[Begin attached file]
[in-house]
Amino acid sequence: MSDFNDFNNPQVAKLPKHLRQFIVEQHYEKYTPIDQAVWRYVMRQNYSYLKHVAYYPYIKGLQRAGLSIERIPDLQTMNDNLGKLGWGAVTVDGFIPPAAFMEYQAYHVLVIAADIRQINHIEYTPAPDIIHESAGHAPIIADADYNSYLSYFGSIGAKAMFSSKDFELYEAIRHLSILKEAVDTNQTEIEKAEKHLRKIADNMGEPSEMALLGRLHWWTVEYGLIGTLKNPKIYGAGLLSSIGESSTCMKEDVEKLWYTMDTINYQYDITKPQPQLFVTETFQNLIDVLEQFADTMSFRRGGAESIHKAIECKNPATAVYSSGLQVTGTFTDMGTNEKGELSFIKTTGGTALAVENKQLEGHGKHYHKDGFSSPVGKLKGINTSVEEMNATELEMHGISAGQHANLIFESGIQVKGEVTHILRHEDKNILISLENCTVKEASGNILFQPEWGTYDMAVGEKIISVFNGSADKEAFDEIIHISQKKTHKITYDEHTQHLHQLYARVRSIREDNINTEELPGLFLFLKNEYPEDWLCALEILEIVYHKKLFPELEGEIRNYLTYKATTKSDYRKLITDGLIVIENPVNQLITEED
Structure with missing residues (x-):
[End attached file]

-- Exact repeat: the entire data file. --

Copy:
[in-house]
Amino acid sequence: MSDFNDFNNPQVAKLPKHLRQFIVEQHYEKYTPIDQAVWRYVMRQNYSYLKHVAYYPYIKGLQRAGLSIERIPDLQTMNDNLGKLGWGAVTVDGFIPPAAFMEYQAYHVLVIAADIRQINHIEYTPAPDIIHESAGHAPIIADADYNSYLSYFGSIGAKAMFSSKDFELYEAIRHLSILKEAVDTNQTEIEKAEKHLRKIADNMGEPSEMALLGRLHWWTVEYGLIGTLKNPKIYGAGLLSSIGESSTCMKEDVEKLWYTMDTINYQYDITKPQPQLFVTETFQNLIDVLEQFADTMSFRRGGAESIHKAIECKNPATAVYSSGLQVTGTFTDMGTNEKGELSFIKTTGGTALAVENKQLEGHGKHYHKDGFSSPVGKLKGINTSVEEMNATELEMHGISAGQHANLIFESGIQVKGEVTHILRHEDKNILISLENCTVKEASGNILFQPEWGTYDMAVGEKIISVFNGSADKEAFDEIIHISQKKTHKITYDEHTQHLHQLYARVRSIREDNINTEELPGLFLFLKNEYPEDWLCALEILEIVYHKKLFPELEGEIRNYLTYKATTKSDYRKLITDGLIVIENPVNQLITEED
Structure with missing residues (x-):